Sex Androgen hormones, such as testosterone, stimulate activity in the sebaceous glands. More oil means an increased chance of an inflammatory reaction and dandruff. Men are more frequently affected by dandruff than women.
Weakened Immune System SD is more prevalent in individuals who’ve undergone an organ transplant and those with HIV or AIDS, hepatitis C, or alcoholic pancreatitis. For example, 30 percent to 83 percent of those with HIV report SD.
Neurologic and Psychiatric Conditions Parkinson's disease, Alzheimer's disease, epilepsy, traumatic brain injury, and spinal cord injury are among the conditions that elevate one's risk of SD, including dandruff.Those with Parkinson's disease, for example, have an impaired autonomic nervous system that helps to control things like oil gland secretions, which can lead to an overproduction that leads to dandruff, according to the American Parkinson’s Disease Association.
History of Other Skin Disorders Having had eczema, rosacea, psoriasis, or acne can trigger or worsen seborrheic dermatitis.
Oily Skin If you have naturally oily skin, you’re at an elevated risk for seborrheic dermatitis.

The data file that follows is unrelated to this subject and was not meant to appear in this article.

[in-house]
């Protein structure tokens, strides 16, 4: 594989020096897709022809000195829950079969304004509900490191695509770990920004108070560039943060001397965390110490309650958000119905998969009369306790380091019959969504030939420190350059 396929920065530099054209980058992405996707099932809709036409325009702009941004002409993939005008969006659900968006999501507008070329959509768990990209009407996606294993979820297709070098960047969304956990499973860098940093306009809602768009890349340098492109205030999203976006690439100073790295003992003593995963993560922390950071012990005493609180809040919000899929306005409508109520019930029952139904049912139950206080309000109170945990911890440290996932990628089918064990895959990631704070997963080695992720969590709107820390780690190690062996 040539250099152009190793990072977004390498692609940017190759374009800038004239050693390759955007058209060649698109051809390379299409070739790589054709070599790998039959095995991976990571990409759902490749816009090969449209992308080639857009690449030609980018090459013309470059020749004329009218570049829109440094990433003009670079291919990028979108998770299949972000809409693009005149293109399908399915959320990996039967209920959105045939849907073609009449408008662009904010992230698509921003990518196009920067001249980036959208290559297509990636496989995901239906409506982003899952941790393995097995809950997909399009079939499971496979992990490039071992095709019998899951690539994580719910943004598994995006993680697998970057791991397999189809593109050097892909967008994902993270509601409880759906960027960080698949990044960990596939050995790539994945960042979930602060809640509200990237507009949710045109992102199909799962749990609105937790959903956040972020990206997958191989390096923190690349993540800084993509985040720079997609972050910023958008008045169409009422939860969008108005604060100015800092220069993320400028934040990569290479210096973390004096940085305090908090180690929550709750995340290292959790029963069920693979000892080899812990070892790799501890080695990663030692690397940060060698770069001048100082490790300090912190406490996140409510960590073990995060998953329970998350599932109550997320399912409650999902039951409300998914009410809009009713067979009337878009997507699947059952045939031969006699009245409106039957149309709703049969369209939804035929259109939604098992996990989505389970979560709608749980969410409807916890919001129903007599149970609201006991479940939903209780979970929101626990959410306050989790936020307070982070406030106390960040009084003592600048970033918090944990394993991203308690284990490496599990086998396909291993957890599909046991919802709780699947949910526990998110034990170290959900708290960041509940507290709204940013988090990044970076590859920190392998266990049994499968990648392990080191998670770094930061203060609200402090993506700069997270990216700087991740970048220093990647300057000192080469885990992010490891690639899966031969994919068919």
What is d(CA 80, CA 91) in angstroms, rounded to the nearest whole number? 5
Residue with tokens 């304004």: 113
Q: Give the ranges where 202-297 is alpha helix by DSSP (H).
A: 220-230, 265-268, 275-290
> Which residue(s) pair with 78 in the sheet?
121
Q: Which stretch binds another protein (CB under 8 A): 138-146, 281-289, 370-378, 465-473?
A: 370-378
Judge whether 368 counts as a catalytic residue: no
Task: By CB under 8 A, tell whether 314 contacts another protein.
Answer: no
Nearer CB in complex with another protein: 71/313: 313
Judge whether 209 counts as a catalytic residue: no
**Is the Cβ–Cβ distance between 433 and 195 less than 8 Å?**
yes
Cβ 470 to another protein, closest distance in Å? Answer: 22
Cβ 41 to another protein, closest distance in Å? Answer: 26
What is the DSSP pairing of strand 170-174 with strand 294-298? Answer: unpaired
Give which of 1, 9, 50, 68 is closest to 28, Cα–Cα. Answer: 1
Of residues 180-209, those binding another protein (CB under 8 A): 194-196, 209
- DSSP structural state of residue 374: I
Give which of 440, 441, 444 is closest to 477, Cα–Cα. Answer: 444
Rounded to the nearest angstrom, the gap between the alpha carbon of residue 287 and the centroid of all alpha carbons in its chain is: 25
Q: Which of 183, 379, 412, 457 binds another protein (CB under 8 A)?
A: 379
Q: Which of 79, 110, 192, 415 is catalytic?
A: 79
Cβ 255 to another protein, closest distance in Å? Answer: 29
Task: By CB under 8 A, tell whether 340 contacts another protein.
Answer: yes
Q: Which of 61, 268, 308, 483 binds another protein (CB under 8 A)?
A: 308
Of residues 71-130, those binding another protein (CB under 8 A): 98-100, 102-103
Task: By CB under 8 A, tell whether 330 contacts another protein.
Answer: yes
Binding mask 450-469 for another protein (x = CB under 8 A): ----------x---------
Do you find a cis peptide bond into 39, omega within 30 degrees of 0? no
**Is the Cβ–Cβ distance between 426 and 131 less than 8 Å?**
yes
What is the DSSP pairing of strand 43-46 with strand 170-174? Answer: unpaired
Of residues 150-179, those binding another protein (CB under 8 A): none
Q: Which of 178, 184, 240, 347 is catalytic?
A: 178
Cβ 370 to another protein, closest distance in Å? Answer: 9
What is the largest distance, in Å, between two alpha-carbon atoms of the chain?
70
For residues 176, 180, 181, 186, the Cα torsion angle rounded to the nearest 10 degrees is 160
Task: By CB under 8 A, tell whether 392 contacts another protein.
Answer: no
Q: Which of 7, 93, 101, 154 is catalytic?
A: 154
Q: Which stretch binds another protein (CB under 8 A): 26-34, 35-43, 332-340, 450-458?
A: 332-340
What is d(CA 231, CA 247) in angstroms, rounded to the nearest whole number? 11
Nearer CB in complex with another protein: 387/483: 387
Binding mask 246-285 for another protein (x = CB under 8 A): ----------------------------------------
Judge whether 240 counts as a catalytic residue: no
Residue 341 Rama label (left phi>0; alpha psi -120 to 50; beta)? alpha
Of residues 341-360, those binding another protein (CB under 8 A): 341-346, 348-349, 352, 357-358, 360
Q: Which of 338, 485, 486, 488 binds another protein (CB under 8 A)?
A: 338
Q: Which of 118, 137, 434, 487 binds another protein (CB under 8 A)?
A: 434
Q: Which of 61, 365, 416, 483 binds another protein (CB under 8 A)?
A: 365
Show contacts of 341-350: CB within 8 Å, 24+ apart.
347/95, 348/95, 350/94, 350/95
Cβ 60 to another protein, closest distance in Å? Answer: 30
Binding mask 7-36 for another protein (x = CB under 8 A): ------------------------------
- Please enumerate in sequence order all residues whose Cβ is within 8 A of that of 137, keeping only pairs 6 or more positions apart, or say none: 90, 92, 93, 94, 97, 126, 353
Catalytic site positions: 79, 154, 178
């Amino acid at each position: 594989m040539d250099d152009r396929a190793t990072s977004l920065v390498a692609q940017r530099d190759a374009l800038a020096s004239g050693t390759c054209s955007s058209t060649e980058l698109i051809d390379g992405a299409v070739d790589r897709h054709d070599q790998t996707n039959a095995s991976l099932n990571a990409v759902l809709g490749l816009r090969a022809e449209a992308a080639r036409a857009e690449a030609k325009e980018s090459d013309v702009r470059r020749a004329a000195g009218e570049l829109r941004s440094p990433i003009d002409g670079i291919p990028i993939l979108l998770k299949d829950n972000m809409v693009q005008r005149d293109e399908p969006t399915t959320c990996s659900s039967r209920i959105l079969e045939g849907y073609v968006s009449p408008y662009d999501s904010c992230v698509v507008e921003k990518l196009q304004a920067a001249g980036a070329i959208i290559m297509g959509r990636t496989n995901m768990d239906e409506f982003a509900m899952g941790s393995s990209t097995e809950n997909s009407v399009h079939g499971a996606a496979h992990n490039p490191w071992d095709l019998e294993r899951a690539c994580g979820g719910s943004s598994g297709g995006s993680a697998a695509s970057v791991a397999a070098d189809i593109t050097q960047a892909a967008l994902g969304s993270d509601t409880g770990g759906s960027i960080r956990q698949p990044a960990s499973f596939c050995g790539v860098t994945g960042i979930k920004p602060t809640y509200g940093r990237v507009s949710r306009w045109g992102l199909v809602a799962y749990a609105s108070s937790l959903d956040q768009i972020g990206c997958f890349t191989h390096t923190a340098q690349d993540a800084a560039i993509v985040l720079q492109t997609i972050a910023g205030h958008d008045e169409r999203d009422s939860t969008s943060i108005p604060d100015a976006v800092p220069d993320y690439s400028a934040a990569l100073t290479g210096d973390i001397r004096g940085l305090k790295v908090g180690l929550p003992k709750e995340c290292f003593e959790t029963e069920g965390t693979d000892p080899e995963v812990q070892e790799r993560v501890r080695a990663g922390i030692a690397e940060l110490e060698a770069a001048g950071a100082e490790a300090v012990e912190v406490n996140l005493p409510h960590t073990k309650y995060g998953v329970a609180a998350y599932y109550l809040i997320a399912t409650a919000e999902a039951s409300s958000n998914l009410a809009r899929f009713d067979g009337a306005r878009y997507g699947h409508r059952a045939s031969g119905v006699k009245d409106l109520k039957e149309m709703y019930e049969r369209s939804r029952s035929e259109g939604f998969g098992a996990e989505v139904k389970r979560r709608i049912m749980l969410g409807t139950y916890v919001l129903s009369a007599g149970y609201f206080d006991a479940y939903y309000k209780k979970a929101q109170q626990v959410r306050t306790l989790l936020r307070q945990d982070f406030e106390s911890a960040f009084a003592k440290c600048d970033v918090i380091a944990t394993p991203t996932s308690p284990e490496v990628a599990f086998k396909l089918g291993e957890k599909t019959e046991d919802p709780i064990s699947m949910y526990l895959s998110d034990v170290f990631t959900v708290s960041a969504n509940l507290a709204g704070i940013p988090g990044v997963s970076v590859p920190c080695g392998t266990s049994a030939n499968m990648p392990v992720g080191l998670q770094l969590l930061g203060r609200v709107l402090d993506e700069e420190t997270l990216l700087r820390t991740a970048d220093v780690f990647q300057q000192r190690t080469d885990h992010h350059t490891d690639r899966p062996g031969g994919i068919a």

Oiling Your Scalp “Certain oils applied to the scalp can cover the scale, but worsen the flaking and itching response,” notes McMichael.

Duration of Dandruff

Dandruff due to seborrheic dermatitis is a chronic condition that warrants repeated or long-term treatment. As for dandruff that arises from contact dermatitis, dry skin, or shampooing habits, changing habits can clear up flakes fairly quickly.

Prevention of Dandruff

“You can prevent the signs and symptoms of dandruff, but there is no cure for dandruff,” says McMichael. If you’ve got an especially oily scalp, daily shampooing with a gentle cleanser, coupled with a light scalp massage, may help prevent dandruff in certain cases. If you're using an OTC dandruff shampoo, talk to your dermatologist about how often to use for maintenance and prevention. Finally, upping your omega-3 intake, brief exposure to sun, and reducing the number of hair products used can help prevent dandruff, as well.

Research and Statistics: How Many People Get Dandruff?

Dandruff affects approximately 50 percent of the general adult population worldwide, according to past research.
Dandruff is more prevalent in males than females.

Resources We Love

Skin of Color Society

This professional dermatologic organization is dedicated to promoting awareness of (and excellence within) the dermatological care of skin of color. SCS offers a Find a Doctor database to help those of Asian, Hispanic or Latino, African, Native American, and Pacific Island descent find local dermatologists who are especially knowledgeable about their skin concerns. Whether you’re struggling to find a dermatologist who can help treat persistent dandruff in Black hair or you’ve got another skin-related issue, SCS’s Find a Doctor database can help.

American Academy of Dermatology